I spent some time this morning reading Elizabeth Karp-Evans’ (Guernica) refreshing conversation with contemporary artist Sarah Crowner. When asked about the abstract curved and geometrical patterns that recur in her painting, Crowner cites her long walks in the Californian countryside as a key inspiration. The artist also discusses how she came to pursue her vocation as an artist, and how she perceives art as an active method of thinking and reflection.
On the use of patterns
“Living in Santa Cruz, the Bay Area, and Oregon, I was always taking hikes and going on a lot of solitary walks. I didn’t make this connection until recently, but I think the forms, colors, and beauty in nature that I experienced are suddenly coming up in my work now. Back then, we didn’t have iPhones—there was a lot of wandering around just looking at things. I think that time was a real gift.”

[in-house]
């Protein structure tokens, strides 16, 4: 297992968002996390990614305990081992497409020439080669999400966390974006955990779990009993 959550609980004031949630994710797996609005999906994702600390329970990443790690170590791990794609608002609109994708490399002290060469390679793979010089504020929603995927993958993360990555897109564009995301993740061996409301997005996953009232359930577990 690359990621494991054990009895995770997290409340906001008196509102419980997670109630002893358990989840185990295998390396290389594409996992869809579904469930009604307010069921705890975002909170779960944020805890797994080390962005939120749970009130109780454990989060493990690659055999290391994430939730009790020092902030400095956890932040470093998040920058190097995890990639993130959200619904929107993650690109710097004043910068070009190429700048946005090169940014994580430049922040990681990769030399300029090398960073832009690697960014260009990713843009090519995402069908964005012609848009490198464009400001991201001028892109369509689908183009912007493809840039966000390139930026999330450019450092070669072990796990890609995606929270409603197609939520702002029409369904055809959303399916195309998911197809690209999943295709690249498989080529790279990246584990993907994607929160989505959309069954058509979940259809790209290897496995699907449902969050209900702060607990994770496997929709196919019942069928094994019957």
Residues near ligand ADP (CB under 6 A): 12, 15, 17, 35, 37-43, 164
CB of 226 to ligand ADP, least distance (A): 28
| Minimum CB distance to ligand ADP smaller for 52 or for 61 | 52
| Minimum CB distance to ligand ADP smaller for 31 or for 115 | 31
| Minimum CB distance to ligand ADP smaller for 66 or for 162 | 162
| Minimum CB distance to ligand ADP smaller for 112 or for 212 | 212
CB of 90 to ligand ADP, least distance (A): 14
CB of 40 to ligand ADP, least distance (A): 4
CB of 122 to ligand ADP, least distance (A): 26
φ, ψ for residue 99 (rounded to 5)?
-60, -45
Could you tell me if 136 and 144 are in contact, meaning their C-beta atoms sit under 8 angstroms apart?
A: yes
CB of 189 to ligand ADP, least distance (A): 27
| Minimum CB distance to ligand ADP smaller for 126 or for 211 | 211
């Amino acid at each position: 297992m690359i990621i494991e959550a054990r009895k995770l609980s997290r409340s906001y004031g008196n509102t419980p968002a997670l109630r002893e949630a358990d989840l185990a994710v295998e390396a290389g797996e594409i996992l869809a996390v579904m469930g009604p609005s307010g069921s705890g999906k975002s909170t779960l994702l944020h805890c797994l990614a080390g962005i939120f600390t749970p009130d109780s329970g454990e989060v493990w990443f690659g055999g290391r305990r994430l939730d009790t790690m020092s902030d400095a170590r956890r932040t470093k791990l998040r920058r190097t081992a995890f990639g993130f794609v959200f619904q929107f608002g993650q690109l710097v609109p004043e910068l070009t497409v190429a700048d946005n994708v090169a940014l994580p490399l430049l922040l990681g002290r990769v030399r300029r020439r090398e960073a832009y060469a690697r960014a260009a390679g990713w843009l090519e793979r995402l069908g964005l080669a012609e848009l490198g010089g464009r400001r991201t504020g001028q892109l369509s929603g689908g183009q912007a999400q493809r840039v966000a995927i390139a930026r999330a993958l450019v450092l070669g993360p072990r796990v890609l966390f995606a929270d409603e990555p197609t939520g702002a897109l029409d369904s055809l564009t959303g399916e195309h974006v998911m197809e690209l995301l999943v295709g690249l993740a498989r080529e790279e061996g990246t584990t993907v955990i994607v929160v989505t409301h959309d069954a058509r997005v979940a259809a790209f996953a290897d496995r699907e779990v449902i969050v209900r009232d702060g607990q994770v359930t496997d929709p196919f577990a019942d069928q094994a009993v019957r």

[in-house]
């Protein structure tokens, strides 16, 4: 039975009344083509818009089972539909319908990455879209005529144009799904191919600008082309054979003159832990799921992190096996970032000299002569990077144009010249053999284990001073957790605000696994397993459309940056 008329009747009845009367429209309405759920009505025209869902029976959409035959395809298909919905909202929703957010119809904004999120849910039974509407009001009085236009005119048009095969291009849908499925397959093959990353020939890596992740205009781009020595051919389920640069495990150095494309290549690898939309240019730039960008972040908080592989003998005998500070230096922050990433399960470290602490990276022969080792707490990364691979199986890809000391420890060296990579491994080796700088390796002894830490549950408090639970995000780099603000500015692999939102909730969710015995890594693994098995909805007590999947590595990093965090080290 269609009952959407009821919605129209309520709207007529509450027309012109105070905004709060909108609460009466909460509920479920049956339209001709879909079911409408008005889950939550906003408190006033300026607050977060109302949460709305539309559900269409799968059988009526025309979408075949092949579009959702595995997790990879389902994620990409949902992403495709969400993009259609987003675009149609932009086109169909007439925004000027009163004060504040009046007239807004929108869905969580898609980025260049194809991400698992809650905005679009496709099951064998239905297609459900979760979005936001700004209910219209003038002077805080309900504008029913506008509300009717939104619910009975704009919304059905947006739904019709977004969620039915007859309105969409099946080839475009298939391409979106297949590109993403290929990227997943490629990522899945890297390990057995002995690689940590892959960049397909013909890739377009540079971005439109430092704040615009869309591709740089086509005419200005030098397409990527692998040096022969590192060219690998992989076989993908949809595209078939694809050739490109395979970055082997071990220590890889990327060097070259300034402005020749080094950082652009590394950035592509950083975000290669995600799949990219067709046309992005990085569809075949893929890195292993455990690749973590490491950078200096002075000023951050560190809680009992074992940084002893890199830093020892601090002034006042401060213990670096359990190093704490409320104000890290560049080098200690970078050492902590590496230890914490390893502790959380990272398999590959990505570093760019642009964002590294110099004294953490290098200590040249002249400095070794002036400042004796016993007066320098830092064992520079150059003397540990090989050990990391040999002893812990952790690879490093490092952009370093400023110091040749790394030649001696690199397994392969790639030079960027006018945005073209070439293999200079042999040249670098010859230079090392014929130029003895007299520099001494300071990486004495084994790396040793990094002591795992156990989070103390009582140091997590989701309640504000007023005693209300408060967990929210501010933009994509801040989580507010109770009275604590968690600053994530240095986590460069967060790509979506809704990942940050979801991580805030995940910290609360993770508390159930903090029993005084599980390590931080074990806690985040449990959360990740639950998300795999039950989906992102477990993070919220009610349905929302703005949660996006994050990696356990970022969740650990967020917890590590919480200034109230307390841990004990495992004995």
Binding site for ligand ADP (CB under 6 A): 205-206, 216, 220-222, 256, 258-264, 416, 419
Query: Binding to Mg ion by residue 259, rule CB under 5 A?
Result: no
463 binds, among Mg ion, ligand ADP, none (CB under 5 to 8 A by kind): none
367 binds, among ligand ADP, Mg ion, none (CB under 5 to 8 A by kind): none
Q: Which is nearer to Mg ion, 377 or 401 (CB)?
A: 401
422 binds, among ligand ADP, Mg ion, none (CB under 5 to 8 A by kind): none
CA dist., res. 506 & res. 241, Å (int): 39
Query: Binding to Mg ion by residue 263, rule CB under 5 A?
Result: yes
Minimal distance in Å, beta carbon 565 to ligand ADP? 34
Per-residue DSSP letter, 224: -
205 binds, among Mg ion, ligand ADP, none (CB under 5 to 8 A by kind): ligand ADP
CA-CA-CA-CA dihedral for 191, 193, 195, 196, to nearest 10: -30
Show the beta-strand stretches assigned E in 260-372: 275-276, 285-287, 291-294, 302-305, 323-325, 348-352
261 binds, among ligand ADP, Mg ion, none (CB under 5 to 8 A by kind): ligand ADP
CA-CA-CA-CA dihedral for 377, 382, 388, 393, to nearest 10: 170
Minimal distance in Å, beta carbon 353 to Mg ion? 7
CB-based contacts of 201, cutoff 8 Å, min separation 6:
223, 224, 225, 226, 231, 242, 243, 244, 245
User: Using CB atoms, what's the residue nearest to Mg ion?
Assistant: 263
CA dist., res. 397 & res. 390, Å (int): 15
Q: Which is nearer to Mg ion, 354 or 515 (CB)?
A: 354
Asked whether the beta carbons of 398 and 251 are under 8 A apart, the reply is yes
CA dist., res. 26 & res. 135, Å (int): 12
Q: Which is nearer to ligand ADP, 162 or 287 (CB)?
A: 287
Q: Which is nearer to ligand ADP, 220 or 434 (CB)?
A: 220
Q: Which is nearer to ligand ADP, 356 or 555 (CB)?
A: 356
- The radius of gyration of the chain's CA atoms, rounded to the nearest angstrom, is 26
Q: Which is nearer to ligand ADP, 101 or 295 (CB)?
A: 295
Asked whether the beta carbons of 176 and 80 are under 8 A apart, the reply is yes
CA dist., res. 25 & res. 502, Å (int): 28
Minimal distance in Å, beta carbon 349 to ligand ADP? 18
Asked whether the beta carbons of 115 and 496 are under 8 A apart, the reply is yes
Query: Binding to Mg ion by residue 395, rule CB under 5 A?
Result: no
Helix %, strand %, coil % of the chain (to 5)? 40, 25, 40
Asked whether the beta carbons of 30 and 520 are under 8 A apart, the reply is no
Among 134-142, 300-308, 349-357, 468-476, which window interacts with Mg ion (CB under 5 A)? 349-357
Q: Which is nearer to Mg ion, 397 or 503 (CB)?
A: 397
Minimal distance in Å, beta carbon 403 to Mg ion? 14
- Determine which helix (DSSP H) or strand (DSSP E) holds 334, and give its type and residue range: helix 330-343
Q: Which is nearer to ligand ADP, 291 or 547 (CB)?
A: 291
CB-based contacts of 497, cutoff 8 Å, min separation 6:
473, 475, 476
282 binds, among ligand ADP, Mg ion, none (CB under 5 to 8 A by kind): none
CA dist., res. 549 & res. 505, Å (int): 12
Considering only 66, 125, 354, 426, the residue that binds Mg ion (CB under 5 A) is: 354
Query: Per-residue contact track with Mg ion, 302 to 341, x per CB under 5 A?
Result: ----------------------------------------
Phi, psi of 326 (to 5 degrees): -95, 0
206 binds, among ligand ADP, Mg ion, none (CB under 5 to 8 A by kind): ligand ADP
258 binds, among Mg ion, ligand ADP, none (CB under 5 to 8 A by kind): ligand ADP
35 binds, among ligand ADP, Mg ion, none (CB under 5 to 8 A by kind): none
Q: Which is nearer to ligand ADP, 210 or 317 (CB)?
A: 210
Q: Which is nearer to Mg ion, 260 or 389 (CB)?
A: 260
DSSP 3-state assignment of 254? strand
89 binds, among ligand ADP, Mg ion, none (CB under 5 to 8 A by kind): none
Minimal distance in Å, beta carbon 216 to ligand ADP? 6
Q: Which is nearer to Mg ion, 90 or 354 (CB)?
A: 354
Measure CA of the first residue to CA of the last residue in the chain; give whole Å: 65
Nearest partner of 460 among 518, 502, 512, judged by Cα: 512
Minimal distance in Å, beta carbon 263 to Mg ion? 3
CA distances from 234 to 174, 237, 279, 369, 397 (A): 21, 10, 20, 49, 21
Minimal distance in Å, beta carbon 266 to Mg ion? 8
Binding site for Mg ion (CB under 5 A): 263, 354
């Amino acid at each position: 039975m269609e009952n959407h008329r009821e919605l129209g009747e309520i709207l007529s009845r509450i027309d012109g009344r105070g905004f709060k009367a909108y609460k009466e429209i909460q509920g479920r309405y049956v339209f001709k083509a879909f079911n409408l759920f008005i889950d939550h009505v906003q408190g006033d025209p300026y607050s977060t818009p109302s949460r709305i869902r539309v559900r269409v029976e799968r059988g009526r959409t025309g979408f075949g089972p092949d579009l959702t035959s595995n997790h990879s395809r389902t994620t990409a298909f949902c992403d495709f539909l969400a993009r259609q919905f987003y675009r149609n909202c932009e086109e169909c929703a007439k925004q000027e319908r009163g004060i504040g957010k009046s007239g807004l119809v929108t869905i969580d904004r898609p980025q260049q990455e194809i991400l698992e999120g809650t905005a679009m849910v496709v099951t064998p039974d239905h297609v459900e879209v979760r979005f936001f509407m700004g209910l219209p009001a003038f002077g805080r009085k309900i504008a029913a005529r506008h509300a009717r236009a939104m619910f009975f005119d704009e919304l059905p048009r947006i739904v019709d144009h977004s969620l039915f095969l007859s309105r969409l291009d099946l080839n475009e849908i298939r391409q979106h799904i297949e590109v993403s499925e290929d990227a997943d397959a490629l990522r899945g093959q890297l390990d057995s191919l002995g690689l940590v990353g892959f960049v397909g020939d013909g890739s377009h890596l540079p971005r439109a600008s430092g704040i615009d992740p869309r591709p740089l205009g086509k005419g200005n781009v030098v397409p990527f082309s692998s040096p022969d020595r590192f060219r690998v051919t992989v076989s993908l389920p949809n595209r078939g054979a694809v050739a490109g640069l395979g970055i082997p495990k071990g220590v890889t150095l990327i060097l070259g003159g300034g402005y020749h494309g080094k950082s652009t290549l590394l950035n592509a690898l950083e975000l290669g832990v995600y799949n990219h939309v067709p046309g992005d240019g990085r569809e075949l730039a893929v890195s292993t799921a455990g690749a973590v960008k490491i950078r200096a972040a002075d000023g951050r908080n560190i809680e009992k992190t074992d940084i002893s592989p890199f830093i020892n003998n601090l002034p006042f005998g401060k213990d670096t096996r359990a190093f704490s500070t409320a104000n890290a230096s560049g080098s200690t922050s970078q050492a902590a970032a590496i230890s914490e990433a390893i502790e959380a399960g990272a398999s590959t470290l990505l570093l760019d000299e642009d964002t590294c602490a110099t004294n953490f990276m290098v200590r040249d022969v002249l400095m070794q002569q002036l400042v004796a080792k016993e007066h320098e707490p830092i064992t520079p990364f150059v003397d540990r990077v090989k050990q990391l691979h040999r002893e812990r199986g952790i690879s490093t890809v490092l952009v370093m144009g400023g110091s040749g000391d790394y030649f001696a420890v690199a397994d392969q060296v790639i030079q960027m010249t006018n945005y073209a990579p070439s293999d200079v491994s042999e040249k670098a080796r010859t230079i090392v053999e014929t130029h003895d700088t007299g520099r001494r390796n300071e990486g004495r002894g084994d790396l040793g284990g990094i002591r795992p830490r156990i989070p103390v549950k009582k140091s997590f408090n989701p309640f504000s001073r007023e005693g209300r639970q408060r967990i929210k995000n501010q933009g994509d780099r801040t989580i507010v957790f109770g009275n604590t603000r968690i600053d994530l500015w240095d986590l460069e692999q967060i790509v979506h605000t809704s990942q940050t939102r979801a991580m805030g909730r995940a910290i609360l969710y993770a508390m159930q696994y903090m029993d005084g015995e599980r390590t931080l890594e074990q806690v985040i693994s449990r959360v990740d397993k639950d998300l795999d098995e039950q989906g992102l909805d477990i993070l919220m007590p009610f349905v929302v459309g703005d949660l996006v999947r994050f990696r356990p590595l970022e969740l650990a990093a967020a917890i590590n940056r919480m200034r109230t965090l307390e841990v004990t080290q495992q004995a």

On art as a form of thinking
“For me, being an artist is about doing. Of course there is also thinking, reflecting, contextualizing. But for me, thinking is doing. It is a way of understanding through making. It is also a solitary act, even though you may have assistance sometimes. You have to go into your studio and spend a lot of time by yourself, and be okay with that.”